I don’t particularly like the term “normal birth” myself, as concern about women’s bodies deviating from established “norms” (e.g. the stubborn adherence to Friedman’s curve for determining “normal” labor time) is what makes contemporary obstetrics such a mess. Most midwives actually use the term physiologic birth, and while individual midwives may detour from practice guidelines, practice guidelines for midwives do not eschew technology or interventions when there is a demonstrated need for them. The idea that “NCB advocates” are in it for the money is laughable. On average, the salary of a certified nurse midwife is about a quarter to a third of that of an obstetrician. Certified Professional Midwives (CPMs) earn less, and a doula may earn as little as a minimum wage worker. While obstetrics requires substantially more investment in training, the payback is huge. And even obstetricians say that it is OBs who feel financially threatened by midwives, not the other way around.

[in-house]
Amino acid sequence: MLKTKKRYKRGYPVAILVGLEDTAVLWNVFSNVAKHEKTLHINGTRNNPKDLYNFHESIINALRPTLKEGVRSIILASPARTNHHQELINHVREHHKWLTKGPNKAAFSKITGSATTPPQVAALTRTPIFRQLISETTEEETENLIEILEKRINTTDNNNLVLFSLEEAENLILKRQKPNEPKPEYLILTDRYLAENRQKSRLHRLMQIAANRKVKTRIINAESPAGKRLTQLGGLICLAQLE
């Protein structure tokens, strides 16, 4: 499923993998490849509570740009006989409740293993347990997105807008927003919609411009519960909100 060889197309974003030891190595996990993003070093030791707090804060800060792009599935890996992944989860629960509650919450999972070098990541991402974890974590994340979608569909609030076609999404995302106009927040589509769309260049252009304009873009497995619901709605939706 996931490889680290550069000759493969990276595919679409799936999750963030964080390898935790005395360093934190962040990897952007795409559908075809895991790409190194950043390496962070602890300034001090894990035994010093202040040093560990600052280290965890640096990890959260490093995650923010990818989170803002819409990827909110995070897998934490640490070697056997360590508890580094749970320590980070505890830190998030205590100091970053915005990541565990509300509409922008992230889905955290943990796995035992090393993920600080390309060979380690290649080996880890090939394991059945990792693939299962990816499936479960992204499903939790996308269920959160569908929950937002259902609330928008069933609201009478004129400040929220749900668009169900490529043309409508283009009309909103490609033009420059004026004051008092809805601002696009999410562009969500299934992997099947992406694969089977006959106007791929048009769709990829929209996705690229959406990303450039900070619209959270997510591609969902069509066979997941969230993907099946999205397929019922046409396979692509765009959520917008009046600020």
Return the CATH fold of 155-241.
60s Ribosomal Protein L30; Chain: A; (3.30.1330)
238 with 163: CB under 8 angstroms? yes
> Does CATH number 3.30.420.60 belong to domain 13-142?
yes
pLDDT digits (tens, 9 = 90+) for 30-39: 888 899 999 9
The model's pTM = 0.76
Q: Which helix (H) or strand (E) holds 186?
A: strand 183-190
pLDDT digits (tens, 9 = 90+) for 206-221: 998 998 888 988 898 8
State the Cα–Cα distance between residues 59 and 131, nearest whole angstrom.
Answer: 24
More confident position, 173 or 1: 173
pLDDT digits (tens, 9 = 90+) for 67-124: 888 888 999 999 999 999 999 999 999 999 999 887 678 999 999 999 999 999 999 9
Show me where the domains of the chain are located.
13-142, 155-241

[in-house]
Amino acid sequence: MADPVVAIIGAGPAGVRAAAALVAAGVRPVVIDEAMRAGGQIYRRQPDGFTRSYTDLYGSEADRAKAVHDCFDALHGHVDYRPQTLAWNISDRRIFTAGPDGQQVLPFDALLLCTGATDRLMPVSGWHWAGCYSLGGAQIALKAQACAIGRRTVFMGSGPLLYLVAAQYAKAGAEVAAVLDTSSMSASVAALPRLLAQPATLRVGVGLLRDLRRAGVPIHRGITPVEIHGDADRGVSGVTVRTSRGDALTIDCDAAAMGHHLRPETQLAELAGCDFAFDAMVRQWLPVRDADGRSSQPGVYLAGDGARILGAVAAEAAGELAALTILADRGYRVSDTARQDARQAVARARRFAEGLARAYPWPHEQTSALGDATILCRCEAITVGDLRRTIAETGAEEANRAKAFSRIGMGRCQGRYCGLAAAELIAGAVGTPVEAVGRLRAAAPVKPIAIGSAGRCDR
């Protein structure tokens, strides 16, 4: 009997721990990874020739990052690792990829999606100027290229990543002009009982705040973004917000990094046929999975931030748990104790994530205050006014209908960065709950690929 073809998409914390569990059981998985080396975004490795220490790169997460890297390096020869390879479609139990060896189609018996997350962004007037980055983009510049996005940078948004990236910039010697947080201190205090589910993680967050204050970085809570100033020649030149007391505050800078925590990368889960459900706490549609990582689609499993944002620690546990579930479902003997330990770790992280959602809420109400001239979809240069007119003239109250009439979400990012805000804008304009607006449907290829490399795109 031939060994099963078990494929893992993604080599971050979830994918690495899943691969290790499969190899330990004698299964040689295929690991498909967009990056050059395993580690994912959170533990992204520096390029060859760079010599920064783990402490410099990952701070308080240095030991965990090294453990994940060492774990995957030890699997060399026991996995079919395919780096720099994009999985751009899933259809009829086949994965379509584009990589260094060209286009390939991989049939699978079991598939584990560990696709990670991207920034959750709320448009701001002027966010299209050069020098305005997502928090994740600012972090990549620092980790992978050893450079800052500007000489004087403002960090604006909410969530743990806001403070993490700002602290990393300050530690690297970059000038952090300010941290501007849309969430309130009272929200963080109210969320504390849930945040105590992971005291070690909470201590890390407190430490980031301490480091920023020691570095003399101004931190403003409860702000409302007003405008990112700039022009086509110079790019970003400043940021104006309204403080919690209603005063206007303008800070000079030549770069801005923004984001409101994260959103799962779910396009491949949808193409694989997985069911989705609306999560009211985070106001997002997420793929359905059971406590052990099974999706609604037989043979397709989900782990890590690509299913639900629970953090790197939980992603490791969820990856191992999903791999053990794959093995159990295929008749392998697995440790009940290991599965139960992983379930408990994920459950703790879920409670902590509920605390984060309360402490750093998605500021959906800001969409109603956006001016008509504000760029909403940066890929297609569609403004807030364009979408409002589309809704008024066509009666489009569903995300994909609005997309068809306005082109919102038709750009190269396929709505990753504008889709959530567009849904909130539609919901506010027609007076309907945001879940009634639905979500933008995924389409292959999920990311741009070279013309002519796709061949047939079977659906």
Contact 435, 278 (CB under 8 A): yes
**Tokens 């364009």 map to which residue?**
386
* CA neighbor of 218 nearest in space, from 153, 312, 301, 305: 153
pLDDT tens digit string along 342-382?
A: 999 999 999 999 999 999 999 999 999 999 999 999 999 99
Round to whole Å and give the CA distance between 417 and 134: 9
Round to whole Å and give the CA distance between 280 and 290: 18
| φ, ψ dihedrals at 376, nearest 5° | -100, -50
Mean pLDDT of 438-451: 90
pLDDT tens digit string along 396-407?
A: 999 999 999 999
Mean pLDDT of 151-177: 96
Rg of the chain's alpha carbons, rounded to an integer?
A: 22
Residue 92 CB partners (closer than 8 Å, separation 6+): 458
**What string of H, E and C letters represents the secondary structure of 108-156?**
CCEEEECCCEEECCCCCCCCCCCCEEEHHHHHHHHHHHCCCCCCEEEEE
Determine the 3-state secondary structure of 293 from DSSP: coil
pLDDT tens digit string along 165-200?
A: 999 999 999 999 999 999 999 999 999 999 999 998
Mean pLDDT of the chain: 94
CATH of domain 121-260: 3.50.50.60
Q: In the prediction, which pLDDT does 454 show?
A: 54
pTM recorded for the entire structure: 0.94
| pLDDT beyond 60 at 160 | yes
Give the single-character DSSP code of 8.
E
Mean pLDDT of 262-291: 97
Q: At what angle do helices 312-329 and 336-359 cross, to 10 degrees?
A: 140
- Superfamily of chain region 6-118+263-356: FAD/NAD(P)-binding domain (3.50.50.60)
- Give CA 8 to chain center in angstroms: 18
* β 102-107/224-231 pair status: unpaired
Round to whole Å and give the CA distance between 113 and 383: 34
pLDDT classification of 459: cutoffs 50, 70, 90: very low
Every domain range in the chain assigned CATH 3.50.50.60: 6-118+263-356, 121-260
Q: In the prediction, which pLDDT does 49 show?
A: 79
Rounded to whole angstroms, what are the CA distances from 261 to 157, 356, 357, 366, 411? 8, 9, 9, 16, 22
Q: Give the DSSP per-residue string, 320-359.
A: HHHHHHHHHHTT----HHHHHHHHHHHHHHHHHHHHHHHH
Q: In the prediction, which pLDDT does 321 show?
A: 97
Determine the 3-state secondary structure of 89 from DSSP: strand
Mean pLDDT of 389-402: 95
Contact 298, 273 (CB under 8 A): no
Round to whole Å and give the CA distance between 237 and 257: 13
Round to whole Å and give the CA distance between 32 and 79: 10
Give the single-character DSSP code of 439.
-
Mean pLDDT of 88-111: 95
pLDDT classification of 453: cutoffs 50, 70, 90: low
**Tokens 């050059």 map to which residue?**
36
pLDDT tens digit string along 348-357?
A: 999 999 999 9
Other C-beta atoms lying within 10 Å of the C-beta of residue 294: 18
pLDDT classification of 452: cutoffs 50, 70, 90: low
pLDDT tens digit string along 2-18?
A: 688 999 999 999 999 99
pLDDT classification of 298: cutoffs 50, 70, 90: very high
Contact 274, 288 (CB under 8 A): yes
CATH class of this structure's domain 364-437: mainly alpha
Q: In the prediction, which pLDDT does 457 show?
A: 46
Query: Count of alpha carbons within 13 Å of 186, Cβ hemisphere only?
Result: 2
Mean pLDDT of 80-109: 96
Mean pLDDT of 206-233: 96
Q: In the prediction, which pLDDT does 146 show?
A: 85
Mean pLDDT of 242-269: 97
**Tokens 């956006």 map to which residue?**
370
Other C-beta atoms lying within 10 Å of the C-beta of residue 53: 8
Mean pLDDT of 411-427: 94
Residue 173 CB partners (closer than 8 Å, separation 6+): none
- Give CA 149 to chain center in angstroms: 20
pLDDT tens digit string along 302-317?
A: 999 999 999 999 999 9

The British obstetricians and midwives have practiced together for a long time, and British OBs don’t seem threatened by midwives. Here is the Royal College of Obstetricians and Gynecologists’ response to the Cochrane review on midwifery. Basically it says all women should have access to midwifery care but should see an obstetrician if they need to.
So who wins in this manufactured “war” between doctors and midwives? Somehow I don’t think it’s women.